Fueled by a curiosity for the world around her, Diana Jeanne Cosand has found biology to be the perfect career. She loves that it grants her the opportunity to better understand the nature she grew up admiring, and to support causes dedicated to its conservation. One of her first positions in the field was ranger naturalist at Yosemite National Park. Ms. Cosand’s experience in that role was a real turning point because it sparked her desire to teach environmental biology. She proceeded to obtain roles as adjunct faculty in biology at Cerritos College, Irvine Valley College, Fullerton College, and Santa Ana College. In 2000, Ms. Cosand became an assistant professor of biology at Chaffey College, and in 2002, she became an associate professor of biology at the school. She remains in that role to this day.
To prepare for her endeavors, Ms. Cosand earned a Master of Arts in biology and a Bachelor of Arts in biology from California State University in 1991 and 1987, respectively. She credits her growth in the field to her professors, who guided and mentored her. She also notes that her time on an educational cruise in Alaska to see the site of the Exxon Valdez oil spill in 1989 was an impactful learning moment, as it brought her face-to-face with a real environmental disaster.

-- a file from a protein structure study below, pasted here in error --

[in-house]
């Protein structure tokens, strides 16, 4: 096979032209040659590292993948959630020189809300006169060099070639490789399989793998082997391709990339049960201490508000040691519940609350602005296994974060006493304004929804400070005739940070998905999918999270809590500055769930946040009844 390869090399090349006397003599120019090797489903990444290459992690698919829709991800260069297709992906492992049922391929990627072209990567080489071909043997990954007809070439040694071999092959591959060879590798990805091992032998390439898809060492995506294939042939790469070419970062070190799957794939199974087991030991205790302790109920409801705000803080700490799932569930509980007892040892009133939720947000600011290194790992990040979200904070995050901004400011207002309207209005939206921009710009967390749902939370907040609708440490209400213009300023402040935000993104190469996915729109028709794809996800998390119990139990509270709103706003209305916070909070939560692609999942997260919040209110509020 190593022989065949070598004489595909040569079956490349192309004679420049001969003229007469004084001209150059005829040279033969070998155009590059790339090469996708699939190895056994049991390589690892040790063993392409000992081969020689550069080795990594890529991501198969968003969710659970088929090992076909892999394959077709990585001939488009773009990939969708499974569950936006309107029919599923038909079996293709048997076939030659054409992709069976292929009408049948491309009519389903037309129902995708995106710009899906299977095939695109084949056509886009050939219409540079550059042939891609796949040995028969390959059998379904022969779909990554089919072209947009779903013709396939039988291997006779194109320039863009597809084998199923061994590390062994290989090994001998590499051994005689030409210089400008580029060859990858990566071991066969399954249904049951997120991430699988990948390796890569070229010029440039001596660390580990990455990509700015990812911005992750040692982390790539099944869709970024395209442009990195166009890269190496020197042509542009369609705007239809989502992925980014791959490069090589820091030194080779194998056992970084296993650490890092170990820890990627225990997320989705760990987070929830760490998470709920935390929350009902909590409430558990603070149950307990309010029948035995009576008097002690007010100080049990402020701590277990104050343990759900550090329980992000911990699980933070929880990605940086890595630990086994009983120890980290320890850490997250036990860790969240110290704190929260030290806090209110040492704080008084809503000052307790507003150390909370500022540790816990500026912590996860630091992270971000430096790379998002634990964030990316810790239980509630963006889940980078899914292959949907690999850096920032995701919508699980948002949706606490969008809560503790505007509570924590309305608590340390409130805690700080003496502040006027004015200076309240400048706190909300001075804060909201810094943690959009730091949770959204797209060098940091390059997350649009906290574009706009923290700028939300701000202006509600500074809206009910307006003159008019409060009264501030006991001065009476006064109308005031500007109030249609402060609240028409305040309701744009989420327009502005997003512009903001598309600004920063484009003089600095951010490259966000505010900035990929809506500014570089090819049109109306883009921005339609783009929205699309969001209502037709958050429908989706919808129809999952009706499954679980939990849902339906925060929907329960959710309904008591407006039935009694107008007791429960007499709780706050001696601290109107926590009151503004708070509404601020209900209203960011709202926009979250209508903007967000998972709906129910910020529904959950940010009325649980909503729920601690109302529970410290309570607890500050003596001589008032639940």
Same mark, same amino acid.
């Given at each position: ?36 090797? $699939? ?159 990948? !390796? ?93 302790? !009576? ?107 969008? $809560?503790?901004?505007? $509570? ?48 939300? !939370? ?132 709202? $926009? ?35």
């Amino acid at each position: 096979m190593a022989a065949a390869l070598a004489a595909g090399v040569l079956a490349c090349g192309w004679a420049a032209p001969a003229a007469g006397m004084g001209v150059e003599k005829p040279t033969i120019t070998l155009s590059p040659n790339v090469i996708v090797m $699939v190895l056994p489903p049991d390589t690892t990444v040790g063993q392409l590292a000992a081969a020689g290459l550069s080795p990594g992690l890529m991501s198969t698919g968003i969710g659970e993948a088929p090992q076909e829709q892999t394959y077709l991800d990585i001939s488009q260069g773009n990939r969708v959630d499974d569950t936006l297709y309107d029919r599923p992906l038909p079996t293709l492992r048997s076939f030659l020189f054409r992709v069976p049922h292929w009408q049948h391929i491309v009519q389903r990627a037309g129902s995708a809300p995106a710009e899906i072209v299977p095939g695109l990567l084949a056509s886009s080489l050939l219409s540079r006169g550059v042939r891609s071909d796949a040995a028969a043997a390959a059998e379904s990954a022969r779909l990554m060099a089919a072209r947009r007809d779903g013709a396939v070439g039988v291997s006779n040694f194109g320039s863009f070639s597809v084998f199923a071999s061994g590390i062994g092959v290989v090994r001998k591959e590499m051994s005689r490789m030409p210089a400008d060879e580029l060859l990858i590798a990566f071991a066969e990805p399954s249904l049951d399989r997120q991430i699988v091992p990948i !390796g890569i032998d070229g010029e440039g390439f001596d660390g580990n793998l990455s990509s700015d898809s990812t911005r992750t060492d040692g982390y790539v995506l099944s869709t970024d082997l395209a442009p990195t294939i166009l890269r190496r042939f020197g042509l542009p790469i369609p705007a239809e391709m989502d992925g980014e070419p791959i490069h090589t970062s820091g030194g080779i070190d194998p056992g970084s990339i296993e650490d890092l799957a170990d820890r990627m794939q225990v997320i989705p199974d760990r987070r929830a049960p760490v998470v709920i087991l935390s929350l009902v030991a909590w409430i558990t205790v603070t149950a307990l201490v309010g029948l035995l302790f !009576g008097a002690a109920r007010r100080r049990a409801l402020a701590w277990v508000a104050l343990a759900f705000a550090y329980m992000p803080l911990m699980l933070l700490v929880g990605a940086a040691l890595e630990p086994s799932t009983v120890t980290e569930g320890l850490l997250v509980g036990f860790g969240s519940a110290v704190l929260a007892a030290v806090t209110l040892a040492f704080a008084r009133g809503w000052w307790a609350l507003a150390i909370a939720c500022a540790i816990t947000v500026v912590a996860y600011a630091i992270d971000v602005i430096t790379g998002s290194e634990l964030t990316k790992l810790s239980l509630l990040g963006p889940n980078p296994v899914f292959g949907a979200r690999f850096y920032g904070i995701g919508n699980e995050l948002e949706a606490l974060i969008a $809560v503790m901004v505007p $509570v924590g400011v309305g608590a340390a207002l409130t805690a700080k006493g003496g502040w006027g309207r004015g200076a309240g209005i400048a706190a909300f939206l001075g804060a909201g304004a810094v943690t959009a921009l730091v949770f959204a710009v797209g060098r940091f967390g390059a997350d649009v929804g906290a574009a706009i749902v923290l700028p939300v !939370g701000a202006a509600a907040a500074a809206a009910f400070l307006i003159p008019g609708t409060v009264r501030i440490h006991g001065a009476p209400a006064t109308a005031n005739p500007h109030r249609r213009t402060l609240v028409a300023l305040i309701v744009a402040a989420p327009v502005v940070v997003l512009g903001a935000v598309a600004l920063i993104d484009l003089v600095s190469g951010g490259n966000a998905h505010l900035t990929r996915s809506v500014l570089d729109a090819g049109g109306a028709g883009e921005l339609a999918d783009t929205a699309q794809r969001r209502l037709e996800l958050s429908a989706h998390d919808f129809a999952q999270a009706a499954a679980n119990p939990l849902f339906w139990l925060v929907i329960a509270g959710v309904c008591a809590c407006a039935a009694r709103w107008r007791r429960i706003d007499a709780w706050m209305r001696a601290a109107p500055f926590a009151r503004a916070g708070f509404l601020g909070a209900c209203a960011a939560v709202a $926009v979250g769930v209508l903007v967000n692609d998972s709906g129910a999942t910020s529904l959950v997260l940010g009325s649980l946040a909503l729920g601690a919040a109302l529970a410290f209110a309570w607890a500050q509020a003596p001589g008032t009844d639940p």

Ms. Cosand’s efforts have not gone unnoticed. Over the years, she was selected as a grantee of the Research Opportunity Award through the National Science Foundation, and a recipient of the Report to Community Award from Chaffey College and the Chaffey Project Grant from the U.S. Department of Agriculture. She was named an alumni scholar by the Math and Science Council of California State University in 1991. Her achievements have been highlighted in various editions of Who’s Who in America and Who’s Who of American Women.
When Ms. Cosand isn’t working, she enjoys being active in her community. She is a member of the Rocky Mountain Biological Laboratory, and was previously a member of the board of directors of Southern California Botanists and the North Etiwanda Open Space Preserve.